British School Manila faces administrative complaint before DepEd
MANILA, Philippines – Trixie Madamba, the mother of fallen British School Manila (BSM) student Liam Madamba, filed an administrative complaint against the school before the Department of Education (DepEd) on Monday, October 26.
In her complaint, Trixie said that the school violated the following:
- 2010 Revised Manual of Regulations for Private Schools in Basic Education
- DepEd's Child Protection Policy
- Batas Pambansa 232 or the Education Act of 1982
"The case concerns the untimely and tragic demise of complainant's son, Liam Joseph H. Madamba, a top graduating student of British School Manila class, caused by the respondent's gross and malicious mismanagement and administration," the 26-page complaint read.
The complaint was filed before the Office of the Undersecretary of Legal and Legislative Affairs at the DepEd central office past 2 pm Monday, according to Joseph Noel Estrada, legal counsel of the Madamba family.
Liam, a scholar at BSM, jumped from the 6th floor of the Dela Rosa carpark building in Legazpi Village in Makati City on February 6. He was rushed to the nearby Makati Medical Center but died several hours later.
A day before, he and another student met one of their teachers, Natalie Mann. Mann asked the students to write a letter of reflection for plagiarizing a paragraph in a first-draft essay.
According to a report from an independent review panel, the students saw the reflection process as a punishment.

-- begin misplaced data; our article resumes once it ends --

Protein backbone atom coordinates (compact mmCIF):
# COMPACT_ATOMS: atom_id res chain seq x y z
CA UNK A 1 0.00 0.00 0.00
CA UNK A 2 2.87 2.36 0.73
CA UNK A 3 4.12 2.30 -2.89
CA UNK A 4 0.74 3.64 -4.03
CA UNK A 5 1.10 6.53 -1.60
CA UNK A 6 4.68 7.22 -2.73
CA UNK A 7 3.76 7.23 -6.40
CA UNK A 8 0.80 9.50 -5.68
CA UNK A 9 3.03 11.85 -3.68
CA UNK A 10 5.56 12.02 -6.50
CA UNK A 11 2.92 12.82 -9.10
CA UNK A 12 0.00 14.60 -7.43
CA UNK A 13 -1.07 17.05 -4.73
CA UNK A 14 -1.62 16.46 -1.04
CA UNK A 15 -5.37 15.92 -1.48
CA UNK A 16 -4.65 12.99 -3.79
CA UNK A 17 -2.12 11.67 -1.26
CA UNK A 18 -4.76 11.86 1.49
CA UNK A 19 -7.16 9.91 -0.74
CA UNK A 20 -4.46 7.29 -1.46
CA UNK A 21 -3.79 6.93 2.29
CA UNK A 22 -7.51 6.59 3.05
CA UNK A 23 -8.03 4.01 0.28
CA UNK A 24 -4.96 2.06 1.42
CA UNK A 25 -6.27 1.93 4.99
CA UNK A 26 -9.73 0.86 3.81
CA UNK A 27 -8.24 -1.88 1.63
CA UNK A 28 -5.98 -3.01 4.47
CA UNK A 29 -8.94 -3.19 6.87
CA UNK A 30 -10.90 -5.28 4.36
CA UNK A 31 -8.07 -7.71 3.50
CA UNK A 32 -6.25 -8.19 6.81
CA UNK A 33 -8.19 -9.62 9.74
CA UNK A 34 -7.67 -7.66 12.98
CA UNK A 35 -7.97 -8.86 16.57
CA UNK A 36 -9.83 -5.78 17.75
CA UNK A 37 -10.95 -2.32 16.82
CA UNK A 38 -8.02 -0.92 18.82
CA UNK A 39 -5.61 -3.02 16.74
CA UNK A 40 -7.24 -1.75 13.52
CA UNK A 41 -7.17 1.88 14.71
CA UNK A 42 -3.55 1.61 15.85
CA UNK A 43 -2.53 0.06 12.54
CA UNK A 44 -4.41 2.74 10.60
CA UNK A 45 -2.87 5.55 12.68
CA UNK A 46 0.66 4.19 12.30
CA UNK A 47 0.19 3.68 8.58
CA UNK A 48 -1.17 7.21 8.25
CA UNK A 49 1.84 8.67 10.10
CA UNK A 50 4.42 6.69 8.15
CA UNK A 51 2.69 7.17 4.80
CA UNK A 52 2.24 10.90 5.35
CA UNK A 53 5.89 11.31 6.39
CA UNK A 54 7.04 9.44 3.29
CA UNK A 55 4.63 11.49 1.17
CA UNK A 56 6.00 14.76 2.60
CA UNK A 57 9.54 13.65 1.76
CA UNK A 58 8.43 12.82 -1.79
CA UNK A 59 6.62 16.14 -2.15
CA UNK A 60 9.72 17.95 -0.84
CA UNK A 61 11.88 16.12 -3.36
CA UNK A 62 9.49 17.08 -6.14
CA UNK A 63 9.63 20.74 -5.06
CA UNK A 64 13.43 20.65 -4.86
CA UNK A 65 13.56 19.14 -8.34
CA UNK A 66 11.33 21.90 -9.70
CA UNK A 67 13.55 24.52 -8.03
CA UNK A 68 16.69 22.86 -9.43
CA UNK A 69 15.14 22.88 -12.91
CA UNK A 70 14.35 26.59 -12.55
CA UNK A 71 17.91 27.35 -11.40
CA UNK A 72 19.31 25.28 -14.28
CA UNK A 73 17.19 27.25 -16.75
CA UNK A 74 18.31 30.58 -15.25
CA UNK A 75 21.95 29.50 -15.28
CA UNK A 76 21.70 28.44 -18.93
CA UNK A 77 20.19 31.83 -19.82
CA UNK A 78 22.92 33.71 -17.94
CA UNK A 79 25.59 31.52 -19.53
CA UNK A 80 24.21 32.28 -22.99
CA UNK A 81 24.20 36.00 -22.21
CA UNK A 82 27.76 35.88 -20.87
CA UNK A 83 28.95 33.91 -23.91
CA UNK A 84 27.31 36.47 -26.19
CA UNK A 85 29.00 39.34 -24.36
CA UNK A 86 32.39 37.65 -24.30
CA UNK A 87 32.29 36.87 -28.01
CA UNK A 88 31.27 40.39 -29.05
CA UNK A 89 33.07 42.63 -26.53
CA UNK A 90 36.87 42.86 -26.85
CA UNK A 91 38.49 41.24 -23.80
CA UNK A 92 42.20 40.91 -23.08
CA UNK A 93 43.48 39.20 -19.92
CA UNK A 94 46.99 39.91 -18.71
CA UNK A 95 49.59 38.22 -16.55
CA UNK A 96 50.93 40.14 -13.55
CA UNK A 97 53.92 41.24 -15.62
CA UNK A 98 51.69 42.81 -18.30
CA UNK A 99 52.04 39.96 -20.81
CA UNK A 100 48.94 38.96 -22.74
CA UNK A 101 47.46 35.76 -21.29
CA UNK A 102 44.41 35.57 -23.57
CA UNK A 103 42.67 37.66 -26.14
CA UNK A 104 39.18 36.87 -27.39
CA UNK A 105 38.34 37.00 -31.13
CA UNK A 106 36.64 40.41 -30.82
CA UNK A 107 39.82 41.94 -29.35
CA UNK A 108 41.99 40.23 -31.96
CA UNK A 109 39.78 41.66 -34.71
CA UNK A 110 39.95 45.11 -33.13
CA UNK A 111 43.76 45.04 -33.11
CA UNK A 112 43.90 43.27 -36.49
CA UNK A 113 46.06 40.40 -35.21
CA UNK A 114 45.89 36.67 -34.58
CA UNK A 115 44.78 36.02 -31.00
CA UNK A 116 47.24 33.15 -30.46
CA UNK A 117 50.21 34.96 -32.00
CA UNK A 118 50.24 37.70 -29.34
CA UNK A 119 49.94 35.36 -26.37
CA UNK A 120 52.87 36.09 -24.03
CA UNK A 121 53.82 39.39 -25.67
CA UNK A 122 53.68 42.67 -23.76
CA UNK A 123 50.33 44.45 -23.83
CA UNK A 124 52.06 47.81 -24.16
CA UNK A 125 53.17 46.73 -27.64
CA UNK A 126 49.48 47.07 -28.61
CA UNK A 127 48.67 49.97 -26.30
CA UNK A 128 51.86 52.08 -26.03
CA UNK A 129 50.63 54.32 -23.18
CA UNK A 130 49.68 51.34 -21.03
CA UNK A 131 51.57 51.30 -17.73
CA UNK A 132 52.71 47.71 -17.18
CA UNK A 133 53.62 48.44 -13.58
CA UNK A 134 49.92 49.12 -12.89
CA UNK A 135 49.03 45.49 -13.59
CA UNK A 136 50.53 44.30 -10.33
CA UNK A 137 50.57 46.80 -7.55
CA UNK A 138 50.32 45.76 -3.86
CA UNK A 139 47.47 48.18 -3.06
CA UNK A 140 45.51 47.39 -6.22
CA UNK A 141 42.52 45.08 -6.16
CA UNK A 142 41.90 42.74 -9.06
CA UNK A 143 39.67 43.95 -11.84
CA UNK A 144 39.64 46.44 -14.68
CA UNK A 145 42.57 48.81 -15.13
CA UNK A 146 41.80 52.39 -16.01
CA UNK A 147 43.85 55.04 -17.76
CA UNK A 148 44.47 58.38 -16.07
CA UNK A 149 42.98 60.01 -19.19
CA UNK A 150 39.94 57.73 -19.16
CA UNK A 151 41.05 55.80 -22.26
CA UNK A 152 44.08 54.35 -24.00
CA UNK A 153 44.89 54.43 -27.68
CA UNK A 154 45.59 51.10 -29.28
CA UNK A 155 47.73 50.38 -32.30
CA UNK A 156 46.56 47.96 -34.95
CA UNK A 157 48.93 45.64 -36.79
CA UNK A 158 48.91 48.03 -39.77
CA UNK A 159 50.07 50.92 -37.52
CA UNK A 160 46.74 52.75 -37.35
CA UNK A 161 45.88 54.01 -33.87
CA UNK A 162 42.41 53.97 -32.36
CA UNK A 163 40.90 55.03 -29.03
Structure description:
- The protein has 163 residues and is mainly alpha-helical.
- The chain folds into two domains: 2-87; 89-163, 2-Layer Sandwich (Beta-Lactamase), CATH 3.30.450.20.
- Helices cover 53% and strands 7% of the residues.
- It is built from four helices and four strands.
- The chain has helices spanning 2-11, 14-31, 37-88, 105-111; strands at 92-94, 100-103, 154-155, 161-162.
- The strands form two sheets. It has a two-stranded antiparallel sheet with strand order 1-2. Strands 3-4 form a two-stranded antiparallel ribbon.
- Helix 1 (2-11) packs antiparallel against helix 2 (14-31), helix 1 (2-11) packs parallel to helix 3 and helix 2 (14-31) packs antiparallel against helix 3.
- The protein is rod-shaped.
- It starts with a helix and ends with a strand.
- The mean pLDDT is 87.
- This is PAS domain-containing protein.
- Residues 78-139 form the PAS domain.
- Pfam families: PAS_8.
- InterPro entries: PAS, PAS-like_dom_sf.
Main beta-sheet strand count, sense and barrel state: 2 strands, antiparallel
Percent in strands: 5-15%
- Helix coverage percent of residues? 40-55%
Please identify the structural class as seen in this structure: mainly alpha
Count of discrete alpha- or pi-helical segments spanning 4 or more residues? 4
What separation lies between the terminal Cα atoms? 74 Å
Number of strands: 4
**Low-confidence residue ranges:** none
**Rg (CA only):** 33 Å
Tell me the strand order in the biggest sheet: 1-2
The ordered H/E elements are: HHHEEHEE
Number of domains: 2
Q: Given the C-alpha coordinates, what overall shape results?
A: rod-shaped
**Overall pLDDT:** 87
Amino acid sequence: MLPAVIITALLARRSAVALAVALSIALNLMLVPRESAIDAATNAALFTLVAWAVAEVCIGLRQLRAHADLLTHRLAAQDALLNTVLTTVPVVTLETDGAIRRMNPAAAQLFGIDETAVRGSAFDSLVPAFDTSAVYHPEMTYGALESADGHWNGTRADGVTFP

A separate report from the Senate committee on education, arts, and culture, which held public hearings on Liam's death, described as "alarming how BSM handled the aftermath of Liam's death."
The school itself said it saw a "connection" between how Liam was dealt with at school, and his untimely death.
Aside from recommending a Department of Justice investigation into the issue, the Senate committee also urged the education department to determine whether BSM violated DepEd rules and regulations, and if it should receive sanctions.
In her complaint before DepEd, Mrs Madamba maintained that BSM:
- miserably failed to perform its duties and obligations to its students
- deliberately violated the right of the parents and students under the Education Act of 1982
- has no clear policy on discipline, thus violating the right of students to administrative due process
- is liable for violating the provisions under DepEd's Child Protection Policy
- must comply with the rules and regulations issued by DepEd, as private schools are under the department's supervision
She asked the department to mandate the school to "comply strictly with DepEd rules and regulations, to seek prior recognition from DepEd, and to impose penalties and sanctions relative thereto." (READ: DepEd: BSM may face sanctions over Liam Madamba's death)
Liam's death happened just as the school – established in 1976 – is seeking an official recognition from the State through Senate Bill (SB) 2147.
After the Senate committee hearings, a substitute bill – SB 2975 – was submitted to indicate that BSM, even as an educational institution of international character, must also be subject to applicable government laws, rules, and regulations.
BSM head Simon Mann told Rappler in an earlier interview that a republic act is a "firmer foundation" for the school compared to a memorandum of agreement with the education department, which has to be renewed "when required." – Rappler.com